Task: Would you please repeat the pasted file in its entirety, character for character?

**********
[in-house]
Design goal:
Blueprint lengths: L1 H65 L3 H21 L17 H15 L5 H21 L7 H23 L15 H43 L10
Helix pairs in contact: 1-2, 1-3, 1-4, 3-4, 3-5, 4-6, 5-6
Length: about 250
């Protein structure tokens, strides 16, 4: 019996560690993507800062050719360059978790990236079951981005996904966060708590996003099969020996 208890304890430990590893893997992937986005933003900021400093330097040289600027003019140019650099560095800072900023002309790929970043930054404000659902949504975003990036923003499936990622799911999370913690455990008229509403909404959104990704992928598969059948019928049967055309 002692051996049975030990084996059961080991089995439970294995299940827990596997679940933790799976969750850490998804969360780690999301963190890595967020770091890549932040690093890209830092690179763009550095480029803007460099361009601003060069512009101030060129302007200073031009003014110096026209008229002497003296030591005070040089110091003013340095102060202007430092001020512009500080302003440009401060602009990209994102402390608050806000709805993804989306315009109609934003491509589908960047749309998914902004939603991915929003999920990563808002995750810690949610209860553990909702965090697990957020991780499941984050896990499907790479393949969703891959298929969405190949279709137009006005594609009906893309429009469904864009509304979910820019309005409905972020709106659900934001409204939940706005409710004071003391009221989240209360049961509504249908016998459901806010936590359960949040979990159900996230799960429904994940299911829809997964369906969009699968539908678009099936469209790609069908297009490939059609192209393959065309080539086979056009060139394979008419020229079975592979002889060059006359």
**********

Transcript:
[in-house]
Design goal:
Blueprint lengths: L1 H65 L3 H21 L17 H15 L5 H21 L7 H23 L15 H43 L10
Helix pairs in contact: 1-2, 1-3, 1-4, 3-4, 3-5, 4-6, 5-6
Length: about 250
């Protein structure tokens, strides 16, 4: 019996560690993507800062050719360059978790990236079951981005996904966060708590996003099969020996 208890304890430990590893893997992937986005933003900021400093330097040289600027003019140019650099560095800072900023002309790929970043930054404000659902949504975003990036923003499936990622799911999370913690455990008229509403909404959104990704992928598969059948019928049967055309 002692051996049975030990084996059961080991089995439970294995299940827990596997679940933790799976969750850490998804969360780690999301963190890595967020770091890549932040690093890209830092690179763009550095480029803007460099361009601003060069512009101030060129302007200073031009003014110096026209008229002497003296030591005070040089110091003013340095102060202007430092001020512009500080302003440009401060602009990209994102402390608050806000709805993804989306315009109609934003491509589908960047749309998914902004939603991915929003999920990563808002995750810690949610209860553990909702965090697990957020991780499941984050896990499907790479393949969703891959298929969405190949279709137009006005594609009906893309429009469904864009509304979910820019309005409905972020709106659900934001409204939940706005409710004071003391009221989240209360049961509504249908016998459901806010936590359960949040979990159900996230799960429904994940299911829809997964369906969009699968539908678009099936469209790609069908297009490939059609192209393959065309080539086979056009060139394979008419020229079975592979002889060059006359």